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There's been instances of king cobras devouring other snakes – from the reticulated python to the dog-faced water snake and juvenile shore pit viper.
On Apr. 30, one photographer in Singapore witnessed the majestic king cobra take on another reptilian powerhouse – the monitor lizard – and feast on it whole.
David Wirawan came across the spectacular encounter in Hindhede nature park, near Bukit Timah.
According to his Facebook post, he made the decision to go to Bukit Timah after having overslept on the bus. He had originally planned to head to Dairy Farm to take photos of insects.
Speaking to Mothership, Wirawan said that he was in the area around 3pm, when he chanced upon the sight.
Some visitors to the park had told him where the king cobra was last sighted, after he enquired if there was anything of interest to see in the area.
According to Wirawan, the king cobra already had the monitor lizard in its jaws when he arrived. It is unknown if it was the same king cobra that was captured on camera previously.
Wirawan then managed to document the entire process of the cobra devouring its prey whole.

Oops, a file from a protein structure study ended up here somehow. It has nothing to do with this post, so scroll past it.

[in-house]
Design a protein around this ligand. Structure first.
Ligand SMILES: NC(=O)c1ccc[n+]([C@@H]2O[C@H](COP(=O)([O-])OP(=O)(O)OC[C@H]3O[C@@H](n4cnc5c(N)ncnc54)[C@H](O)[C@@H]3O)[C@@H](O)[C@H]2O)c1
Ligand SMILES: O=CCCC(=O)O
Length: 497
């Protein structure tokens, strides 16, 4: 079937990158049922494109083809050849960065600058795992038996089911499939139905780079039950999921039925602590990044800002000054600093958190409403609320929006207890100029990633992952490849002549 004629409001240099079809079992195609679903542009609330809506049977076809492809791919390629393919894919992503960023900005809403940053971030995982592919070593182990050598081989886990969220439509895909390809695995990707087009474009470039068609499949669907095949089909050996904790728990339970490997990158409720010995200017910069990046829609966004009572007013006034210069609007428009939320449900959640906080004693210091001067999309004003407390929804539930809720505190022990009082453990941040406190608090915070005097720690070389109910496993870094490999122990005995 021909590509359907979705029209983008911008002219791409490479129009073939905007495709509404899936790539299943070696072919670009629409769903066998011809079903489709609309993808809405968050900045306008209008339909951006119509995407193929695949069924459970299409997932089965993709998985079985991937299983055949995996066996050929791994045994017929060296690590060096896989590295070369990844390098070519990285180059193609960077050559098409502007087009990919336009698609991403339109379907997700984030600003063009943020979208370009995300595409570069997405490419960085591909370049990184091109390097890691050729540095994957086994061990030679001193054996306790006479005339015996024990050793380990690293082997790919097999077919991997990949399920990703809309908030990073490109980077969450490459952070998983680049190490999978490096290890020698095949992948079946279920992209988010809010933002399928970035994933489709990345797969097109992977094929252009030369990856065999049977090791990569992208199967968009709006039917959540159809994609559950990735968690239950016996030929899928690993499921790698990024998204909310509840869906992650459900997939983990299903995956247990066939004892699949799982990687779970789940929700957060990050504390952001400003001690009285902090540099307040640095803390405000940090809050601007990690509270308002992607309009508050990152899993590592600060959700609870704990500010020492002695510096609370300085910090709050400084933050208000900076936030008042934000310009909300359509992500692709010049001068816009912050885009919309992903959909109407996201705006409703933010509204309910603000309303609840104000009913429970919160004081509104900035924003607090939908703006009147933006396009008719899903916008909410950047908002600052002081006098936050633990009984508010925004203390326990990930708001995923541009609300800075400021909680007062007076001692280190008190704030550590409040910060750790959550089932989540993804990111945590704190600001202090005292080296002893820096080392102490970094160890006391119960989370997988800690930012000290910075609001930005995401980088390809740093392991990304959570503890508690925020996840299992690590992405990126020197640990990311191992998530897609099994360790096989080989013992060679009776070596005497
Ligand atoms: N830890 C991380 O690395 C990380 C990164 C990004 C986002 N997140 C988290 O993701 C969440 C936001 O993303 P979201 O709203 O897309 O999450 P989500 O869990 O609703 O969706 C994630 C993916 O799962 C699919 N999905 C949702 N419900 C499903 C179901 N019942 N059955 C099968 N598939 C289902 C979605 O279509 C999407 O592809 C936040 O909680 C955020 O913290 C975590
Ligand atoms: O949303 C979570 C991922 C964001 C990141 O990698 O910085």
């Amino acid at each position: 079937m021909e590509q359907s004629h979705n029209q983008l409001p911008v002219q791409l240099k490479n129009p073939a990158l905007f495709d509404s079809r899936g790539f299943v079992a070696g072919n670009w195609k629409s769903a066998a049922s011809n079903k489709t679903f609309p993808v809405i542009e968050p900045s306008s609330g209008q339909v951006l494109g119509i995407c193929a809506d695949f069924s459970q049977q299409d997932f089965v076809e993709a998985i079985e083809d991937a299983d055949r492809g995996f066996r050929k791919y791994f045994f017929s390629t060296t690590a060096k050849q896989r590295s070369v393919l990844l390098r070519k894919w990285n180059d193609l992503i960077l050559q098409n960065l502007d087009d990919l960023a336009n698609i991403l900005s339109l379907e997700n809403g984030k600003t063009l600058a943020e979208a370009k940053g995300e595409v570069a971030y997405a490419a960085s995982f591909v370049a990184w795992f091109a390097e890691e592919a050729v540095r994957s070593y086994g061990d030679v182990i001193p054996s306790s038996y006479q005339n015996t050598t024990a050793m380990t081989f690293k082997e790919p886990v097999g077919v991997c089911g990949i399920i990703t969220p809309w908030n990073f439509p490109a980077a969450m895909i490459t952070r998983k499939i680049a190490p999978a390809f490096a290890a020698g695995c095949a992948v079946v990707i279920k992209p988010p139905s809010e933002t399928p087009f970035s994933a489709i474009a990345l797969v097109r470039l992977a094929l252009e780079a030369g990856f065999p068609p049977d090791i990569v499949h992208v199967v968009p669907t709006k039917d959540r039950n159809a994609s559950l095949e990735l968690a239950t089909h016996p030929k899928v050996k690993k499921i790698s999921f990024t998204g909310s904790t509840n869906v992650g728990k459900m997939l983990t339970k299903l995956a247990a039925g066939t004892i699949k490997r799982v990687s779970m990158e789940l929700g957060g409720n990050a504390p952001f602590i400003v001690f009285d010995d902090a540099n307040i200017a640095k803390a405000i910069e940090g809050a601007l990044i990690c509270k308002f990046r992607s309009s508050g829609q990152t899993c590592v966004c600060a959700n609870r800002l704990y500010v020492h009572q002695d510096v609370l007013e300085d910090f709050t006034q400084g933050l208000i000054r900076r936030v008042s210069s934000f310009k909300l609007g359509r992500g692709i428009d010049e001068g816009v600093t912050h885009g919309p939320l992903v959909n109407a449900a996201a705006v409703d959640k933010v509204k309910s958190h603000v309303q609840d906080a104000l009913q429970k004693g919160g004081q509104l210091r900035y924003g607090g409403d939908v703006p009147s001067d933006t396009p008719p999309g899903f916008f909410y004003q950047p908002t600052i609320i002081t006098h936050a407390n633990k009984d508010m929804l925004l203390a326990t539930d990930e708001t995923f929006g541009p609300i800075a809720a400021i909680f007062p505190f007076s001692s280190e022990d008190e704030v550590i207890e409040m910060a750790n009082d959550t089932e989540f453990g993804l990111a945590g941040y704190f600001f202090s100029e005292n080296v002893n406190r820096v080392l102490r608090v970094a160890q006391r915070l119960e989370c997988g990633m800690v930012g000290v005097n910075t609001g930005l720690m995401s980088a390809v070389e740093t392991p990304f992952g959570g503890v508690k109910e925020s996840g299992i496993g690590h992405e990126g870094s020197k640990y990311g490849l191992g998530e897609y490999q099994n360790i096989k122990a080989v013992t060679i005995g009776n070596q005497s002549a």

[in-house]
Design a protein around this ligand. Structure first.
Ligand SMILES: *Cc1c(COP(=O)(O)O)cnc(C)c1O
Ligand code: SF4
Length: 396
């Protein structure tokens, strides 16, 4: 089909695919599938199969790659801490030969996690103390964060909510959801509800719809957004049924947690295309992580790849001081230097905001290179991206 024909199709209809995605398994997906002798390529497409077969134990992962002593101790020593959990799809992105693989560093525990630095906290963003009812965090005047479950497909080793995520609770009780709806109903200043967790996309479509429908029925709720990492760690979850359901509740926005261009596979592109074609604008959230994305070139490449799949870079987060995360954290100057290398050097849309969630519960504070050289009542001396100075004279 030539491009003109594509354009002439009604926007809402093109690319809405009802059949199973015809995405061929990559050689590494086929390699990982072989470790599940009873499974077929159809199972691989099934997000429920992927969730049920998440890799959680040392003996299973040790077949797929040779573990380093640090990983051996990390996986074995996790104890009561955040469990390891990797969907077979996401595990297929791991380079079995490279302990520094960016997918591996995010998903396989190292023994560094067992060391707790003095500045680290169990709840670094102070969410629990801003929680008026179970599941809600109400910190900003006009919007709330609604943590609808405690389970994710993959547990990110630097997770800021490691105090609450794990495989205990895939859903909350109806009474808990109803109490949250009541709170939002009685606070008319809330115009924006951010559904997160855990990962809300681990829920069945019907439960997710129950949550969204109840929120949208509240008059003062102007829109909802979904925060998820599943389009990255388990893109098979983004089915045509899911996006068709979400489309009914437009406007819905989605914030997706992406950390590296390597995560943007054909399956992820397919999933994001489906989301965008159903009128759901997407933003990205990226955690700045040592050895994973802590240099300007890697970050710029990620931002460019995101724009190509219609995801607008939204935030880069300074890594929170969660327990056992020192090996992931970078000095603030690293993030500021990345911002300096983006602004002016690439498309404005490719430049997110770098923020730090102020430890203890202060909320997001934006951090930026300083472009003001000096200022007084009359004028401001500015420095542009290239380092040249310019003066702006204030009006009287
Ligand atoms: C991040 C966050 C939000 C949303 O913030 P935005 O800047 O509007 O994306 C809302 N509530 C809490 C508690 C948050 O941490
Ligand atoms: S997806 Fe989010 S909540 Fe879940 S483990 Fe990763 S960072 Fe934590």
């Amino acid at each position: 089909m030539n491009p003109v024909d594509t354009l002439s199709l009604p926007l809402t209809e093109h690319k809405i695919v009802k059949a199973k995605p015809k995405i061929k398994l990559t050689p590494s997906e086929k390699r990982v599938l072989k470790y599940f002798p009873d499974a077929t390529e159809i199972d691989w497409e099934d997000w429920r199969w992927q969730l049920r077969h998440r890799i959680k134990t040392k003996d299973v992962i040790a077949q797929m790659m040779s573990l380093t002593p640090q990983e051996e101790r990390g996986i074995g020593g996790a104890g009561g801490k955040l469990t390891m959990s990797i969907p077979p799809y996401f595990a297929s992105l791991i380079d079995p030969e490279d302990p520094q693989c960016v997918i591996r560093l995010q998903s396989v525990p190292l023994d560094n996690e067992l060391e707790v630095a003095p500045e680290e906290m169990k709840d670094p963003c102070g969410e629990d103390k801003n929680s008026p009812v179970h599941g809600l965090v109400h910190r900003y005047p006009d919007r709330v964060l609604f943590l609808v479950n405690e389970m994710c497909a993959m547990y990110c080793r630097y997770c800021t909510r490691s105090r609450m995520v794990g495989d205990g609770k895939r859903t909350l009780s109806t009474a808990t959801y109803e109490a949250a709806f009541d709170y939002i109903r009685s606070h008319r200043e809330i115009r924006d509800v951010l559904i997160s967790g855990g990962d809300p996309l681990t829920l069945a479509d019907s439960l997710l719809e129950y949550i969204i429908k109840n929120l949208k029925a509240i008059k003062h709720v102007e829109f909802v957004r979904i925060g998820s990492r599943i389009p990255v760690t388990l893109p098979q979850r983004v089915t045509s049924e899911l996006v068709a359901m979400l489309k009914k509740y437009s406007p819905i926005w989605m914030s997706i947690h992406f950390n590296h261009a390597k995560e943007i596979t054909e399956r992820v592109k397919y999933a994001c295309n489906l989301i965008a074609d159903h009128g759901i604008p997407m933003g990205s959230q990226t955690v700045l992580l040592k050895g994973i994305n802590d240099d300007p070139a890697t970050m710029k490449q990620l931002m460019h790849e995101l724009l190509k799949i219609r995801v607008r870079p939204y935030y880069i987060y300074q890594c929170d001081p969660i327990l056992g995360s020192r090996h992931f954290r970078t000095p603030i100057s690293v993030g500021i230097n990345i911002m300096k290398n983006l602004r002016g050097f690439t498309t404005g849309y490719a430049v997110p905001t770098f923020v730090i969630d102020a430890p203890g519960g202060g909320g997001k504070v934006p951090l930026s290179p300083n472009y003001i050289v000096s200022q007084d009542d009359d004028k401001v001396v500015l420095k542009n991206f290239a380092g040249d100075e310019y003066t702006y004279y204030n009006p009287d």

The process took approximately two hours.
At certain points in an accompanying video, the cobra is seen further opening its jaws and moving its head from side to side as it ingests the body of the monitor lizard.
At one point the cobra even flips a full 180 degrees, as it gets to the lizard's chunky middle.
You can find the full video here:
Those who want to know more about Singapore's animals and biodiversity can also check out Wirawan's site called Singapore Geographic.
The king cobra
The king cobra is a venomous snake, endemic to Southern and Southeast Asia.
Cobras typically use their venom to immobilise their prey, before swallowing it whole. King cobras are currently classified as vulnerable by the IUCN.
The National Parks Board advises members of the public who encounter snakes to remain calm and not approach them.
Members of the public should also avoid sudden movements or using flash photography as this could startle the snake.
As for monitor lizards, they are mostly carnivorous, and use its venom to kill small prey, such as insects, crabs, or fish.
According to NParks, the most common monitor lizard found in Singapore is the Malayan monitor lizard, which can grow up to three metres long.
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All images and video courtesy of David Wirawan
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